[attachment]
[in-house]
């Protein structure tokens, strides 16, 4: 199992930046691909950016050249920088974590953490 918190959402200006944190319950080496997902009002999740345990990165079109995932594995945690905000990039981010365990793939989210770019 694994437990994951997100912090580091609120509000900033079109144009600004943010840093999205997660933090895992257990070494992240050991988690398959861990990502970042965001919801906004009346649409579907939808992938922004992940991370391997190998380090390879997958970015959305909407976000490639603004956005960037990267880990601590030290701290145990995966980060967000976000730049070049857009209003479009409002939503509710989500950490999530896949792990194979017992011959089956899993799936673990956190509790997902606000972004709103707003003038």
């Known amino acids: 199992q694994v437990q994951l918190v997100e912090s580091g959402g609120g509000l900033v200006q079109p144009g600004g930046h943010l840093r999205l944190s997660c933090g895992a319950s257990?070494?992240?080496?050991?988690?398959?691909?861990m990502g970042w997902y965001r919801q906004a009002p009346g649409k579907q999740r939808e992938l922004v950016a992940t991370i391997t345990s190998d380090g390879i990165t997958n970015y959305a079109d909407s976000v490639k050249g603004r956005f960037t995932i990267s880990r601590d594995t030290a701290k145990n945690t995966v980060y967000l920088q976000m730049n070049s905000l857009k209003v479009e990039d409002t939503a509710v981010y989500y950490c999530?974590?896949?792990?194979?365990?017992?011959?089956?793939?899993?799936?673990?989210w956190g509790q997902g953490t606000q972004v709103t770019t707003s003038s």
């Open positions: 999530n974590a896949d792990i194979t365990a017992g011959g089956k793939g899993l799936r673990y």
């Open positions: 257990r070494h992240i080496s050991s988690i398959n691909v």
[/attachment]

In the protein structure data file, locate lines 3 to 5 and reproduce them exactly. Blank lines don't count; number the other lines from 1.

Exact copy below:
């Known amino acids: 199992q694994v437990q994951l918190v997100e912090s580091g959402g609120g509000l900033v200006q079109p144009g600004g930046h943010l840093r999205l944190s997660c933090g895992a319950s257990?070494?992240?080496?050991?988690?398959?691909?861990m990502g970042w997902y965001r919801q906004a009002p009346g649409k579907q999740r939808e992938l922004v950016a992940t991370i391997t345990s190998d380090g390879i990165t997958n970015y959305a079109d909407s976000v490639k050249g603004r956005f960037t995932i990267s880990r601590d594995t030290a701290k145990n945690t995966v980060y967000l920088q976000m730049n070049s905000l857009k209003v479009e990039d409002t939503a509710v981010y989500y950490c999530?974590?896949?792990?194979?365990?017992?011959?089956?793939?899993?799936?673990?989210w956190g509790q997902g953490t606000q972004v709103t770019t707003s003038s």
């Open positions: 999530n974590a896949d792990i194979t365990a017992g011959g089956k793939g899993l799936r673990y």
């Open positions: 257990r070494h992240i080496s050991s988690i398959n691909v």